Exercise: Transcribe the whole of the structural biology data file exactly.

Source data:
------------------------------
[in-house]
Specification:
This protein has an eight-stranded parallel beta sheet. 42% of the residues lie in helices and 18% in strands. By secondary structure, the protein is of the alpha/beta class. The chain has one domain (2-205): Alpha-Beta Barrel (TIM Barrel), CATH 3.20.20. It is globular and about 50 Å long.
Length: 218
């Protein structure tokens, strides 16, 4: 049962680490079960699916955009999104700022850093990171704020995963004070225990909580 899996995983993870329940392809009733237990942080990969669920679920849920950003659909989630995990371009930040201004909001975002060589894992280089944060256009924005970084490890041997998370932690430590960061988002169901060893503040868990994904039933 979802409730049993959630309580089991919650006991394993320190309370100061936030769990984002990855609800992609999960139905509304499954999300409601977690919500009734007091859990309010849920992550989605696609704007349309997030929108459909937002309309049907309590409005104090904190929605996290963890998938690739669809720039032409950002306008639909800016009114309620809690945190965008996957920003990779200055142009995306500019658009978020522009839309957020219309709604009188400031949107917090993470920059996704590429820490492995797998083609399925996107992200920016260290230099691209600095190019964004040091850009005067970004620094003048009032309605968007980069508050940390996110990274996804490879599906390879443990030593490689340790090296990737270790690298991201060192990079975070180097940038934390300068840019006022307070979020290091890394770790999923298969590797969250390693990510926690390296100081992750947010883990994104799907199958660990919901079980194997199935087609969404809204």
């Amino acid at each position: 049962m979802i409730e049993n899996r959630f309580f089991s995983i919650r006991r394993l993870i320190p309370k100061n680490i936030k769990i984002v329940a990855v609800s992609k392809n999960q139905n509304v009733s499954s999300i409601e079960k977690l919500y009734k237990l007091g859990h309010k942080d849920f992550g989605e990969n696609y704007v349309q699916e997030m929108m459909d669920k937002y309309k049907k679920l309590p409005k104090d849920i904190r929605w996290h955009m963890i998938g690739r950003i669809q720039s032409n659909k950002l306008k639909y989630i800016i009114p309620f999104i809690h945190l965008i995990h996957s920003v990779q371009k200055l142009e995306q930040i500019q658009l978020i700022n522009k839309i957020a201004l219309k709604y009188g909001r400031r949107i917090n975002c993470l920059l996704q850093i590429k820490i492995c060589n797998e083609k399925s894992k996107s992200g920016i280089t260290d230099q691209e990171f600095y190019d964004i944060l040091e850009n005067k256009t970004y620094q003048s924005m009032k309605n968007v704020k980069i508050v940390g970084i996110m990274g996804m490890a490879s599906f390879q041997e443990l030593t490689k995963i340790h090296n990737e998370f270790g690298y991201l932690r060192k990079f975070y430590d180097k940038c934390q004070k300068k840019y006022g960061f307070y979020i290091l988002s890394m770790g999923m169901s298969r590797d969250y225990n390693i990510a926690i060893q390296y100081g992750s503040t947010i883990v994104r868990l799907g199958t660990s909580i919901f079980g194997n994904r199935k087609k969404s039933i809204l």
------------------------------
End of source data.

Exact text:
[in-house]
Specification:
This protein has an eight-stranded parallel beta sheet. 42% of the residues lie in helices and 18% in strands. By secondary structure, the protein is of the alpha/beta class. The chain has one domain (2-205): Alpha-Beta Barrel (TIM Barrel), CATH 3.20.20. It is globular and about 50 Å long.
Length: 218
């Protein structure tokens, strides 16, 4: 049962680490079960699916955009999104700022850093990171704020995963004070225990909580 899996995983993870329940392809009733237990942080990969669920679920849920950003659909989630995990371009930040201004909001975002060589894992280089944060256009924005970084490890041997998370932690430590960061988002169901060893503040868990994904039933 979802409730049993959630309580089991919650006991394993320190309370100061936030769990984002990855609800992609999960139905509304499954999300409601977690919500009734007091859990309010849920992550989605696609704007349309997030929108459909937002309309049907309590409005104090904190929605996290963890998938690739669809720039032409950002306008639909800016009114309620809690945190965008996957920003990779200055142009995306500019658009978020522009839309957020219309709604009188400031949107917090993470920059996704590429820490492995797998083609399925996107992200920016260290230099691209600095190019964004040091850009005067970004620094003048009032309605968007980069508050940390996110990274996804490879599906390879443990030593490689340790090296990737270790690298991201060192990079975070180097940038934390300068840019006022307070979020290091890394770790999923298969590797969250390693990510926690390296100081992750947010883990994104799907199958660990919901079980194997199935087609969404809204």
């Amino acid at each position: 049962m979802i409730e049993n899996r959630f309580f089991s995983i919650r006991r394993l993870i320190p309370k100061n680490i936030k769990i984002v329940a990855v609800s992609k392809n999960q139905n509304v009733s499954s999300i409601e079960k977690l919500y009734k237990l007091g859990h309010k942080d849920f992550g989605e990969n696609y704007v349309q699916e997030m929108m459909d669920k937002y309309k049907k679920l309590p409005k104090d849920i904190r929605w996290h955009m963890i998938g690739r950003i669809q720039s032409n659909k950002l306008k639909y989630i800016i009114p309620f999104i809690h945190l965008i995990h996957s920003v990779q371009k200055l142009e995306q930040i500019q658009l978020i700022n522009k839309i957020a201004l219309k709604y009188g909001r400031r949107i917090n975002c993470l920059l996704q850093i590429k820490i492995c060589n797998e083609k399925s894992k996107s992200g920016i280089t260290d230099q691209e990171f600095y190019d964004i944060l040091e850009n005067k256009t970004y620094q003048s924005m009032k309605n968007v704020k980069i508050v940390g970084i996110m990274g996804m490890a490879s599906f390879q041997e443990l030593t490689k995963i340790h090296n990737e998370f270790g690298y991201l932690r060192k990079f975070y430590d180097k940038c934390q004070k300068k840019y006022g960061f307070y979020i290091l988002s890394m770790g999923m169901s298969r590797d969250y225990n390693i990510a926690i060893q390296y100081g992750s503040t947010i883990v994104r868990l799907g199958t660990s909580i919901f079980g194997n994904r199935k087609k969404s039933i809204l």